Mountain Lion: It's called a developer preview for a reason
Every time a developer preview of a new version of Mac OS X or iOS arrives, we at TUAW wait for the onslaught of emails telling us about the favorite apps that did or did not work, peripherals that suddenly won't work, or machines that end up being totally borked. Jason O'Grady at ZDNet has written a wonderful cautionary tale about what might happen if you pull the tail of Apple's OS X Mountain Lion.
O'Grady installed OS X Mountain Lion DP1 on a backup 11" MacBook Air and basically loved the new OS and how well it worked with most of his existing apps. He was impressed with the integration of iOS capabilities and the improved security. And then all hell broke loose.
While working with eBay client iSale on the MBA, things started going bad -- the app crashed repeatedly. So O'Grady decided to try a reboot ... which didn't work. To make a long story short, he "elected to take the "nuke and pave" option. I ended up booting from my Lion flash drive, reformatting the SSD and re-installing the relatively stable Mac OS 10.7 (non-Mountain) Lion. Patching it up and calling it a day."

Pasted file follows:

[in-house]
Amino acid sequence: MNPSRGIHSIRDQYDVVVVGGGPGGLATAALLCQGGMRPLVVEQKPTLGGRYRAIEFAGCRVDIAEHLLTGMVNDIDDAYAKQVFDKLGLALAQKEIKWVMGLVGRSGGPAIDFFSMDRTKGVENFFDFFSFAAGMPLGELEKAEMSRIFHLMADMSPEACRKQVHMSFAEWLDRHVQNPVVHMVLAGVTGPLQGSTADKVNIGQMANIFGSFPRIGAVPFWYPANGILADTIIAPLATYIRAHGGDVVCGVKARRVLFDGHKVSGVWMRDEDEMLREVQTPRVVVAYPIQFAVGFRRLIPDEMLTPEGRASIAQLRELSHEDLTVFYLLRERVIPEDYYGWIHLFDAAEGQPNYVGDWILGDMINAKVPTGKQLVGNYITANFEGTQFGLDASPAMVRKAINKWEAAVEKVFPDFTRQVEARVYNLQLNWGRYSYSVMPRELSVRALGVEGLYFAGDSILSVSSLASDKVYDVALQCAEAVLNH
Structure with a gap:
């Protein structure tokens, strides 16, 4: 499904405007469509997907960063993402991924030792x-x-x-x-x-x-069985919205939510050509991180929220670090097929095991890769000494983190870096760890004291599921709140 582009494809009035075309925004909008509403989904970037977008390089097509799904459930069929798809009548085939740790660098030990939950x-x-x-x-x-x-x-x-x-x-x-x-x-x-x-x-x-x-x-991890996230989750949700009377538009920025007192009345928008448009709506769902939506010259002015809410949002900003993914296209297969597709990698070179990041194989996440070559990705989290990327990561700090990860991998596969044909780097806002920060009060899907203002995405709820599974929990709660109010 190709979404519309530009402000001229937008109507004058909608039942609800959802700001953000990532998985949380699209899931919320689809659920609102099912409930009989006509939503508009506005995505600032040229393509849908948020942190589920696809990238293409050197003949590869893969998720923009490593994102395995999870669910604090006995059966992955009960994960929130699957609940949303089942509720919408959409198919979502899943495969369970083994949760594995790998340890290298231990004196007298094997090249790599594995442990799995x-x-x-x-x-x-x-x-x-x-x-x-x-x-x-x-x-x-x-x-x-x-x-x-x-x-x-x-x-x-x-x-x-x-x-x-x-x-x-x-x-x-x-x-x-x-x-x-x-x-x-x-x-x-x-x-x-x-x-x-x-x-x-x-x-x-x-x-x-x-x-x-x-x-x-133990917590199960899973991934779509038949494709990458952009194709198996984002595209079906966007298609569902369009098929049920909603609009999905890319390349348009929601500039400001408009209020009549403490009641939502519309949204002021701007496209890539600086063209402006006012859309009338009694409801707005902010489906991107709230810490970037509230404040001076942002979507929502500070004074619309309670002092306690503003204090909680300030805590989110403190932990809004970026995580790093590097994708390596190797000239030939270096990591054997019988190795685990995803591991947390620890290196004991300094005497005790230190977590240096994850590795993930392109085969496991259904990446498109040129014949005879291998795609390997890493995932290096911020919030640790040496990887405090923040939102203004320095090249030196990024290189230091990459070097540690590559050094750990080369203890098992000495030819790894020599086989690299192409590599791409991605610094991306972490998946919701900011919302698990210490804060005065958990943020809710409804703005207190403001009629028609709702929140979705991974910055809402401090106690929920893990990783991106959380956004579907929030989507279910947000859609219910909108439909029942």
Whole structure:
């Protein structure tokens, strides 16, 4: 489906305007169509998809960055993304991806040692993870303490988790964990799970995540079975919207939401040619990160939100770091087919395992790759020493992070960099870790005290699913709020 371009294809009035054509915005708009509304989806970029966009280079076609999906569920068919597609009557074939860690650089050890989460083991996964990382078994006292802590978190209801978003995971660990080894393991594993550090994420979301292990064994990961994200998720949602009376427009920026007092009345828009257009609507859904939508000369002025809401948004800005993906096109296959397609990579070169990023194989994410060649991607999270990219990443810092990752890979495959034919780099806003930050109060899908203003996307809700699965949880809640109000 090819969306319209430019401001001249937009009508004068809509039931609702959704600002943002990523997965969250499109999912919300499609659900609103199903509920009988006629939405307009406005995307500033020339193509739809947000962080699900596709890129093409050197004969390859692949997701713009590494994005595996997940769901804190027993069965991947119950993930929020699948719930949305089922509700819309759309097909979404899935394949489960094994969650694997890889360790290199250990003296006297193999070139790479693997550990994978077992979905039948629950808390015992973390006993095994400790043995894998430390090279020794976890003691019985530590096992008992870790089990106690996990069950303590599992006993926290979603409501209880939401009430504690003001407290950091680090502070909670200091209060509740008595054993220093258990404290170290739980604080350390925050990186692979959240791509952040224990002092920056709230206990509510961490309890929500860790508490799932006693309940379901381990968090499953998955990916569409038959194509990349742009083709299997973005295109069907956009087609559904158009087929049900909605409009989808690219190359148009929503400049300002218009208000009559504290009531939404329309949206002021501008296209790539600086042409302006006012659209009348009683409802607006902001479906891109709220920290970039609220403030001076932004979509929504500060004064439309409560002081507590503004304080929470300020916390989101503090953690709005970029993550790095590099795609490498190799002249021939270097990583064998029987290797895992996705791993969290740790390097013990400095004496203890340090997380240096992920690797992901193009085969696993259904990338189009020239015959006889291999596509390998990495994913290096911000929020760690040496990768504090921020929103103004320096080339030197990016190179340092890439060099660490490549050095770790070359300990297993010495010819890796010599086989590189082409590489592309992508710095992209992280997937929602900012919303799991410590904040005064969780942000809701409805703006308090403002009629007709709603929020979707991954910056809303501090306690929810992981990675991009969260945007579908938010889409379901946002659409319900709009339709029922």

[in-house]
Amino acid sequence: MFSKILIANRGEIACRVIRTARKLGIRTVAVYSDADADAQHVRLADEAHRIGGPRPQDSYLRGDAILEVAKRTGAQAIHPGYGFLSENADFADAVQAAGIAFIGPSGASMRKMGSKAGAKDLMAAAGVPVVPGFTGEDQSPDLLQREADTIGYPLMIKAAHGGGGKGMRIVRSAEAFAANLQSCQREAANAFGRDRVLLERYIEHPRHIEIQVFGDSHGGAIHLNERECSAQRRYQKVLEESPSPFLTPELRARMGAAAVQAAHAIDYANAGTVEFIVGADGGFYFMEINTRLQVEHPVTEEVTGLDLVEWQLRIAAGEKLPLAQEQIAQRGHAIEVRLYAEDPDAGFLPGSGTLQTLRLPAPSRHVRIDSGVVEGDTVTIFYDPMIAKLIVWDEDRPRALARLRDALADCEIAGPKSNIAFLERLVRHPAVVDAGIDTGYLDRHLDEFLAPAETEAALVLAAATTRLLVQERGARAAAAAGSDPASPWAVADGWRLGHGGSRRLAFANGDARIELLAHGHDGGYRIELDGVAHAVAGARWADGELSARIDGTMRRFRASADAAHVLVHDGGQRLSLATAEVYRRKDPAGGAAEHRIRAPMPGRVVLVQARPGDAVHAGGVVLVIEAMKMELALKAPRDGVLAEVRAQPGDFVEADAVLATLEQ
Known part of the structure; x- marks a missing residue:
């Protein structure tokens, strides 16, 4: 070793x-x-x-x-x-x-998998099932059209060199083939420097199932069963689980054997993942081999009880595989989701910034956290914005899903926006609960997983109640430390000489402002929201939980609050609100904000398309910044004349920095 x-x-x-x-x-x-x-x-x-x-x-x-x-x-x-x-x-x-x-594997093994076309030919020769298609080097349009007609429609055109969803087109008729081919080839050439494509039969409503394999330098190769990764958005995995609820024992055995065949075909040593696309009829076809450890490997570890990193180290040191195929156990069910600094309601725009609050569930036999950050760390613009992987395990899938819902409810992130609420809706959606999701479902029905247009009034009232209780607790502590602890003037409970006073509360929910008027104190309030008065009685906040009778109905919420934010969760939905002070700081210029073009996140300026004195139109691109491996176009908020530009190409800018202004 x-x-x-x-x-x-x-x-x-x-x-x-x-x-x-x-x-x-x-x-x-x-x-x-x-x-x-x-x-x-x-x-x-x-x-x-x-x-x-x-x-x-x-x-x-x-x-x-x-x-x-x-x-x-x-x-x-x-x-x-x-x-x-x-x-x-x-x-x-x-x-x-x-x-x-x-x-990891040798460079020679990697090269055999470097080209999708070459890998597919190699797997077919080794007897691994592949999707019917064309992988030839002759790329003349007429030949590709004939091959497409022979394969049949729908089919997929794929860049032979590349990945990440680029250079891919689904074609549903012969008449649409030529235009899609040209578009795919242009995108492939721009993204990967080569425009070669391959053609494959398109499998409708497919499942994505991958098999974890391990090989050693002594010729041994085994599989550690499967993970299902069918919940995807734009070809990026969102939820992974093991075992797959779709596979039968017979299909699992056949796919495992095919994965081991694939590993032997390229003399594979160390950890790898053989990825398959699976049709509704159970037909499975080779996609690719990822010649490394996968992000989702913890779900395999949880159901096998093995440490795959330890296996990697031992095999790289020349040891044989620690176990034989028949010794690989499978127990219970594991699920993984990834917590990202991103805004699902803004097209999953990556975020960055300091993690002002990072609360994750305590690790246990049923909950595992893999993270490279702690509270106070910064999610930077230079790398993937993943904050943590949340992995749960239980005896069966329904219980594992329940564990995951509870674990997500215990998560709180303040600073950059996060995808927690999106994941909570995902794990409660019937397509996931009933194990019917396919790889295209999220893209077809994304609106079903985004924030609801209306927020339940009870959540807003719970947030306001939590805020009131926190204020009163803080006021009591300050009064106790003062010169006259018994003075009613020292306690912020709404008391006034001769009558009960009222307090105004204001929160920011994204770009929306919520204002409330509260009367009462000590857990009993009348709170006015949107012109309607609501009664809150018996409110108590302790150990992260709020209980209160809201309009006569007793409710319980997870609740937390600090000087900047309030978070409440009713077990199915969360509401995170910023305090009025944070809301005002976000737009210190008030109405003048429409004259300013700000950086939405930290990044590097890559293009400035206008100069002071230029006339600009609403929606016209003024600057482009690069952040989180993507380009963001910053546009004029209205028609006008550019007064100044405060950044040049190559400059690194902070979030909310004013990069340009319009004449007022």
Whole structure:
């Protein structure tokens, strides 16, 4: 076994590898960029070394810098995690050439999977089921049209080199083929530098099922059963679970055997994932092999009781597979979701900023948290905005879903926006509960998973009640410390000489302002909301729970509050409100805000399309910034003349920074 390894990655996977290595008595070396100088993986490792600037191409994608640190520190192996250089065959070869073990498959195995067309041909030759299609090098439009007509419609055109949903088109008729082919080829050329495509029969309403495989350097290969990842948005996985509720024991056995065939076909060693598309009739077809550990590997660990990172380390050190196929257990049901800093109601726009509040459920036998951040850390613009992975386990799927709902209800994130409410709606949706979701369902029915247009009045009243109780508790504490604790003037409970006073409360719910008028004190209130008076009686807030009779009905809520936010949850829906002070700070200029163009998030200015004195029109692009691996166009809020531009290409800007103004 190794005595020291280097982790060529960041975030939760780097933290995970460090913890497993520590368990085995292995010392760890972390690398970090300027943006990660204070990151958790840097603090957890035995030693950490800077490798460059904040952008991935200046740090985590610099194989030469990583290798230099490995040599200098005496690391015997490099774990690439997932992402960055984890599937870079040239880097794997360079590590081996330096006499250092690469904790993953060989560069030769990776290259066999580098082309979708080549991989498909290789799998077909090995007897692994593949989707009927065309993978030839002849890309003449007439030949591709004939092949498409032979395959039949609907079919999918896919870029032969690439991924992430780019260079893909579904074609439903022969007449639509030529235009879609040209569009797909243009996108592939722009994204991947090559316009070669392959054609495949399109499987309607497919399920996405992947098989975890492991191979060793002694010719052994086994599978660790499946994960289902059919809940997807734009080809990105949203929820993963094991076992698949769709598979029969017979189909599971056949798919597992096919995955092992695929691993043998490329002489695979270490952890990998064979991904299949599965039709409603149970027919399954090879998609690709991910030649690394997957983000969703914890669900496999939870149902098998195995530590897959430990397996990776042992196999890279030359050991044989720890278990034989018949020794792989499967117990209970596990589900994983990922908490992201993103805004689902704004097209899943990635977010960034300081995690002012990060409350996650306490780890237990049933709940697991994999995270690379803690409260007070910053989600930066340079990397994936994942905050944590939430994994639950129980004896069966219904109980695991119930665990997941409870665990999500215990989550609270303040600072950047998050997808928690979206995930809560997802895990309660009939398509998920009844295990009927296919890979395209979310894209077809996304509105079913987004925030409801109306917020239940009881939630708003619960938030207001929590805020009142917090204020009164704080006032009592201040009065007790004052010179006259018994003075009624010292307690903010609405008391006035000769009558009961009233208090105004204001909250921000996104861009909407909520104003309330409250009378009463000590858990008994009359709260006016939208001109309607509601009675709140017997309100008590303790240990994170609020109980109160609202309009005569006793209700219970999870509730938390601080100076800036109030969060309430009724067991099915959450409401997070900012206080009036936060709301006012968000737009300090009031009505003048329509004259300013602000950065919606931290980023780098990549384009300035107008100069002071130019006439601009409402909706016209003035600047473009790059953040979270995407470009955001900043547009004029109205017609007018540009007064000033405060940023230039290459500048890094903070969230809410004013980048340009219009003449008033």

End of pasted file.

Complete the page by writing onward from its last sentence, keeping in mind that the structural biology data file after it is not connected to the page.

O'Grady ends the post with a reminder that all of us who are anxious to try out developer previews need to have pounded into our brains every time Apple tempts us with a new and shiny OS release -- don't install developer previews on production machines, and always assume that the worst will happen. As O'Grady found out, sometimes that worst possible case does happen and in this situation, you'll be mauled by an angry Mountain Lion.
Software Updatesmore updates
- Apple Remote Desktop updated with Yosemite support
- OS X Yosemite 10.10.2, iOS 8.1.3 updates now available
- Sports Illustrated 120 SPORTS channel comes to Apple TV
- Logic Pro X update brings AirDrop support, new effects, tools, and more
- Parallels Access 2.5 released, adds file manager, computer-to-computer remote access
- The Google Translate iOS app is about to get a lot smarter